Each week, Big Issues focuses on a newly released comic book of significance. This week, it’s Redlands #3. Written by Jordie Bellaire (Injection, Pretty Deadly) with art by Vanesa R. Del Rey (Scarlet Witch, The Empty Man) and Bellaire, this issue adds a strong erotic element to the horror series as it introduces a major new character. This review reveals major plot points.

With Halloween approaching, it’s the time of the year when scary stories are the entertainment of choice. Image Comics’ Redlands has quickly become one of the most compelling new horror comics of 2017, following a trio of witches who brutally seize control of a rural Florida town from a corrupt police force. The first ongoing series written by two-time Eisner Award-winning colorist Jordie Bellaire, Redlands reveals that Bellaire’s scripting is as sharp as her artwork, and she’s crafted a series with artist Vanesa R. Del Rey that prioritizes a creepy atmosphere while gradually building up a cast of frightening characters with mysterious agendas and backgrounds.

Redlands’ first issue was a merciless razing of the city’s police department in 1977, kicking off the story with an exhilarating rush of action rather than plodding exposition. The next issue jumped 40 years in the future to show the witches now in control of the city, dealing with a serial killer who knows their supernatural secret. That second chapter shifted into a more traditional police procedural mode, except the cops engage in ritual sacrifice and writhe around naked as they make their regular offering to a higher being known only as “Father.” Bellaire still keeps the story very light on background information, which lends the central characters an intriguing mystique. They are defined by their behavior in the present, and while Bellaire offers hints regarding their long history, she doesn’t linger on what happened in the past. It makes the book much more active, and Bellaire trusts her readers to engage with the story without needing hand-holding.

Bellaire and Del Rey have worked together as an art team on books like Zero and Scarlet Witch, and coloring Del Rey has made Bellaire deeply aware of her collaborator’s major strengths as an artist. The first issue highlighted Del Rey’s ability to create tension on the page and break through that tension with dramatic, chilling moments of release, and as the series begins to explore the larger environment of Redlands, Del Rey taps into her skill for creating a distinct sense of place. One aspect of Del Rey’s talent that has been underutilized in most of her comics work is her interest in the erotic, and Del Rey’s Instagram is full of drawings depicting sexual gratification. The sacrifice in the last issue featured some erotic elements, but Redlands #3 goes much further with explicit sexual content.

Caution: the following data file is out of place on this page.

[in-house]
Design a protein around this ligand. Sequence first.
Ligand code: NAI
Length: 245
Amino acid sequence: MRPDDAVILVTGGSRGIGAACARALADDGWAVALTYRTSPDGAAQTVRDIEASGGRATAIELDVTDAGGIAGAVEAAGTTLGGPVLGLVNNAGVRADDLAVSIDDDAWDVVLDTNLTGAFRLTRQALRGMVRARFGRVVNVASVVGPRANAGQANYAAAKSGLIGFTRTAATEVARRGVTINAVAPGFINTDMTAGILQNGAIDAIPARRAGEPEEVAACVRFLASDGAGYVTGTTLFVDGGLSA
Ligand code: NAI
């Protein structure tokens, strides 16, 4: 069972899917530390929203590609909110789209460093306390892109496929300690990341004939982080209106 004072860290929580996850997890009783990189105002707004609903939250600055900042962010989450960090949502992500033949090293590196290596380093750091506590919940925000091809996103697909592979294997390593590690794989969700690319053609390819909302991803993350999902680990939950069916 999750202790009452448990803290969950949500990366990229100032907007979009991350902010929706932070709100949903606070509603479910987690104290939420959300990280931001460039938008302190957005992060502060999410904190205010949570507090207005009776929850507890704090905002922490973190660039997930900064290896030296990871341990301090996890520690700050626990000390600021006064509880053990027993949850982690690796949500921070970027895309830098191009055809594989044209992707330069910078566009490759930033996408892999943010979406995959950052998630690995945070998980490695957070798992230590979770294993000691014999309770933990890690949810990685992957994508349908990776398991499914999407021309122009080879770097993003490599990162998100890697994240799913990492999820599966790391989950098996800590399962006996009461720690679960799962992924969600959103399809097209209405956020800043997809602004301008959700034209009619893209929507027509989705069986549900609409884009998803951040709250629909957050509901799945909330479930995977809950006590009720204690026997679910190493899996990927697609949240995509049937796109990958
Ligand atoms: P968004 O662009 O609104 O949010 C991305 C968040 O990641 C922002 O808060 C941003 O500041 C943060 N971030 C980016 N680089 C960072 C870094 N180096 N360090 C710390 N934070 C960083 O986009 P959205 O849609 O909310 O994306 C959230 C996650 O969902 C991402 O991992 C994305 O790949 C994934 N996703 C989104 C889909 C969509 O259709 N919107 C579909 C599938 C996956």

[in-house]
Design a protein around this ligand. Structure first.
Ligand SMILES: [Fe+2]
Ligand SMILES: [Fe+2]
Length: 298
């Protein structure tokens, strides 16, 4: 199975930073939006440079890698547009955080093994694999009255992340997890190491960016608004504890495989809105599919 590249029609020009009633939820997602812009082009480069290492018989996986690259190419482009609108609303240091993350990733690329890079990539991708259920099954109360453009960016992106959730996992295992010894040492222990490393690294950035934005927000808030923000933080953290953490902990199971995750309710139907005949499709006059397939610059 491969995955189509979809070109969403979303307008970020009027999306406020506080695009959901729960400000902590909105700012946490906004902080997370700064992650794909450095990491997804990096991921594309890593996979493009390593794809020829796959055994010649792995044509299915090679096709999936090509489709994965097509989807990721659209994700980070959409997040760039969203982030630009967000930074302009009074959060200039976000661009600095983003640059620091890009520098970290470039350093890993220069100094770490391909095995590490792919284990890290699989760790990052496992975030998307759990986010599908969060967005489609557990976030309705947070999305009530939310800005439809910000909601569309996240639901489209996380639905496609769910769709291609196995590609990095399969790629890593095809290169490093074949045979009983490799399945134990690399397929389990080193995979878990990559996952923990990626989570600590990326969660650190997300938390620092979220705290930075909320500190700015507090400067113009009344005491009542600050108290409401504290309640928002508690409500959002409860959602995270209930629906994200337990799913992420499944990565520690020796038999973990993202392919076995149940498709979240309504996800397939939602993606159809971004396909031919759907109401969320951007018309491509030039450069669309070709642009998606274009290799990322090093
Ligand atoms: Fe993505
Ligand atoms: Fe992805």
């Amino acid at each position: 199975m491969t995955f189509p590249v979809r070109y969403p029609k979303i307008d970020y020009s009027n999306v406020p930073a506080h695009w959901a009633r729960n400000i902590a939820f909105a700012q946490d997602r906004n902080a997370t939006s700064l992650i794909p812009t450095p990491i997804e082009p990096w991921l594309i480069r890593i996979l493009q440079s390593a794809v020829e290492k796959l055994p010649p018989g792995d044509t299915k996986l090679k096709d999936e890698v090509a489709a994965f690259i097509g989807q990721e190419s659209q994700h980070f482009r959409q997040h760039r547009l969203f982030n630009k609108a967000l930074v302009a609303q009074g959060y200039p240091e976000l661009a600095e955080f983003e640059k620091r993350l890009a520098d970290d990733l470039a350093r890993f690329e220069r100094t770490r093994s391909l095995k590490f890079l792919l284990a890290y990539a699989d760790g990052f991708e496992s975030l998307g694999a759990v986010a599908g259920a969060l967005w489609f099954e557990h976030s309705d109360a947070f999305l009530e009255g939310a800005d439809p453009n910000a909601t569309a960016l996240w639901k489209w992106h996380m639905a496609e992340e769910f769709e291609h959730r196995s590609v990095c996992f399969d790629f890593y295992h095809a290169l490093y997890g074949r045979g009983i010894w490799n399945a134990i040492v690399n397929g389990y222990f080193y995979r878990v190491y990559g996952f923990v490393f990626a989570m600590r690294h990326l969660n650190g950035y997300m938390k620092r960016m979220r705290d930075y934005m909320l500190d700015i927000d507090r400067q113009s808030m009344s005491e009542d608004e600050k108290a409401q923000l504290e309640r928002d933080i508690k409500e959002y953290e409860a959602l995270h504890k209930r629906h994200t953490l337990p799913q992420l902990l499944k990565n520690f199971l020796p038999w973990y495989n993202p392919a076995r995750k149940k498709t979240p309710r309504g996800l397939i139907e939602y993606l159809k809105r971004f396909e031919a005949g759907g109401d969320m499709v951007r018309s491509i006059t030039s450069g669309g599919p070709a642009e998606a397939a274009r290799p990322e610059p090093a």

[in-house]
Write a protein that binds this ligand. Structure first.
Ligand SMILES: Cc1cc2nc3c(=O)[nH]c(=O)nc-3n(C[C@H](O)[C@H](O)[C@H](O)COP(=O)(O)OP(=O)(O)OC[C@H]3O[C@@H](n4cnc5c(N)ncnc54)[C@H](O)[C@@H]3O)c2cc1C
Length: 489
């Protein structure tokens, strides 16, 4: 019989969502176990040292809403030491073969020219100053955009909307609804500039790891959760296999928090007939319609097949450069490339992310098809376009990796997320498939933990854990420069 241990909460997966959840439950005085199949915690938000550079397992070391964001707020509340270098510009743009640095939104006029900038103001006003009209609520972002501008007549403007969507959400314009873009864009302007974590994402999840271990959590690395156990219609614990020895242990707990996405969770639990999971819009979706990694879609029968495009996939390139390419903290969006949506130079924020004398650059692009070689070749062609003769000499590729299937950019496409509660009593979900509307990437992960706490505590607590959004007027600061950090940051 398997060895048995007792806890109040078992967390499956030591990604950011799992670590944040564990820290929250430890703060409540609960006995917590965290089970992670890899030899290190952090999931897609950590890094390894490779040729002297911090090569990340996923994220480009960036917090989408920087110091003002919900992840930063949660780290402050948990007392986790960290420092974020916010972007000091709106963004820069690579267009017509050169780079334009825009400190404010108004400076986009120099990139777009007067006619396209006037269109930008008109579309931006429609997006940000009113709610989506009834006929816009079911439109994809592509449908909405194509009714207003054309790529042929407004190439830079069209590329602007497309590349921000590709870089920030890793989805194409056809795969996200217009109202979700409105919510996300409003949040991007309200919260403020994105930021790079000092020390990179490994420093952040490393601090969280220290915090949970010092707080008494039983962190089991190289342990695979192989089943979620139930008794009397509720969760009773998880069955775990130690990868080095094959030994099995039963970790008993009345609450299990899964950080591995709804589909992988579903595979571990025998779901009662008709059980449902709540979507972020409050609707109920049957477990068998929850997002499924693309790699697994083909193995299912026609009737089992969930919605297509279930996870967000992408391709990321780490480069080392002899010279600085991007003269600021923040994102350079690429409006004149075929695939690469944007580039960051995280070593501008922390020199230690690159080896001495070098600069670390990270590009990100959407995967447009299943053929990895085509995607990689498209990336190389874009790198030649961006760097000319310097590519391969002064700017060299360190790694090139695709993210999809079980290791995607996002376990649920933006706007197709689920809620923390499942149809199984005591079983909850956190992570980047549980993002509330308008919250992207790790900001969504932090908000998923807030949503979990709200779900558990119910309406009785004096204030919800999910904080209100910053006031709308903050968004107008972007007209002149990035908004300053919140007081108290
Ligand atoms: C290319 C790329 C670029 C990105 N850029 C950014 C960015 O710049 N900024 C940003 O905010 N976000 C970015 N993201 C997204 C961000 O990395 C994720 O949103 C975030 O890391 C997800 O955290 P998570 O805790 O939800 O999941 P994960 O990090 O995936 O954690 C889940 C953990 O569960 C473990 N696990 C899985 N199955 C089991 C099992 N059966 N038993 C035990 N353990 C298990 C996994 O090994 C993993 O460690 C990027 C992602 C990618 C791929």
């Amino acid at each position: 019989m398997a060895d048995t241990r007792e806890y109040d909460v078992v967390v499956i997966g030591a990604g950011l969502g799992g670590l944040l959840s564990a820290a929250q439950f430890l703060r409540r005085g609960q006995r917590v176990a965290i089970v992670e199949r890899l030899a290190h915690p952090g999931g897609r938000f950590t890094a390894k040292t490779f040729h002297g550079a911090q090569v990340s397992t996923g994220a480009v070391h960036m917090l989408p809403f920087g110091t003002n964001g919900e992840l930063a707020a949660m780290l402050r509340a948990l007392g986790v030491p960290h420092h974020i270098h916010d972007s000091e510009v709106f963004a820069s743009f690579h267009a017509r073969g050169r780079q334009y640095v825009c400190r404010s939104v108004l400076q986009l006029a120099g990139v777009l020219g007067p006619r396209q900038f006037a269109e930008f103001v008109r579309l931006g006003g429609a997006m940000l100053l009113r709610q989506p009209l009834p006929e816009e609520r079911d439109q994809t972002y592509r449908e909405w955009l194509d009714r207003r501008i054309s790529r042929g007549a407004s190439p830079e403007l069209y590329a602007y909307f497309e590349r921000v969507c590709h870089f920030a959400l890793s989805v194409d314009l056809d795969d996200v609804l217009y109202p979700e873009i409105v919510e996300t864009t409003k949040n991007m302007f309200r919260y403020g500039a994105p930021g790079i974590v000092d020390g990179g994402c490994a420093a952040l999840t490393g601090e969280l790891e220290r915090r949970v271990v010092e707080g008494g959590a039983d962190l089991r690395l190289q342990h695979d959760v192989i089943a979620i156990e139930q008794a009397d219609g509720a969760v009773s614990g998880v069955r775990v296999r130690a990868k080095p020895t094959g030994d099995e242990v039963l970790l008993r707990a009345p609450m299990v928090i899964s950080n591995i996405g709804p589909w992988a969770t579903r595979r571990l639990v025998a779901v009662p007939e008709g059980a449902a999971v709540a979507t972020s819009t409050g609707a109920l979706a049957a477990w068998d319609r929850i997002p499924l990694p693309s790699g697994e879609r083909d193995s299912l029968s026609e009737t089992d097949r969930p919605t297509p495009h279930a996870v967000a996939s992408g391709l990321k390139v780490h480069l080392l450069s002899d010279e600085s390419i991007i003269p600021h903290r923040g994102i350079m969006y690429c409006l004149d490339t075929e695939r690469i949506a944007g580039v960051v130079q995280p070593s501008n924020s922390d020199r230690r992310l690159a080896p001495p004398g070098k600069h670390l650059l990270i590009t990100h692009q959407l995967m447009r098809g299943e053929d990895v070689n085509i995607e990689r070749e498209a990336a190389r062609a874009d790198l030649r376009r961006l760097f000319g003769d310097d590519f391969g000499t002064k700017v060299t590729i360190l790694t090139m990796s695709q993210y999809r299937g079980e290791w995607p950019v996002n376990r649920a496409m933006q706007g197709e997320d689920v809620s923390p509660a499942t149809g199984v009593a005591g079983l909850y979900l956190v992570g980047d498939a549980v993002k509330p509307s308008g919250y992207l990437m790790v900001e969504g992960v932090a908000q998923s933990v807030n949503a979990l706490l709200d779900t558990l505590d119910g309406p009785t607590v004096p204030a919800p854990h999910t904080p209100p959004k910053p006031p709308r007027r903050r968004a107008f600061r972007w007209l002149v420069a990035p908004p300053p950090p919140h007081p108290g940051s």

The opening splash page of this week’s issue shows a man performing oral sex on a woman on the hood of a car, a visual that becomes very cheeky with the “Feast Day” caption, establishing that this issue takes place at the same time as the previous chapter while also providing a double entendre for the sex act. The cunnilingus is interrupted by the arrival of Laurent, a bounty hunter with his own connection to the supernatural and a complicated relationship with the lead witches, and the issue follows Laurent over the course of Feast Day, once again shifting focus to illuminate a new aspect of the narrative.

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Laurent is in a romantic relationship with Bridget, a member of the series’ central trio, which adds affection to the story that wasn’t in the grisly, disquieting early issues. That affection is established through sex, and the couple wastes no time getting down once Bridget arrives at Laurent’s home and bends over the hood of her car, setting this sex scene up as a contrast to the one that opened the issue. While that first scene was all about the woman being aggressively pleasured, there’s much more romance and tenderness with Bridget and Laurent. There’s still plenty of passion, though, accentuated by a sequence of close-ups showing fingers on lips, hands clenching breasts, and an overhead shot of Laurent penetrating his lover.

The heat of this action cuts through the chilly blue that surrounds them, but there’s still something ominous about this moment. That sequence of close-ups ends with Bridget’s skeleton hood ornament swinging back and forth as they rock the car, zooming in with each swing until the noose around the skeleton’s neck comes into focus. This isn’t intercourse, but lovemaking, which is emphasized when the two of them profess their love for each other. But love can be a liability, compelling people to make foolhardy decisions when their partner is in jeopardy.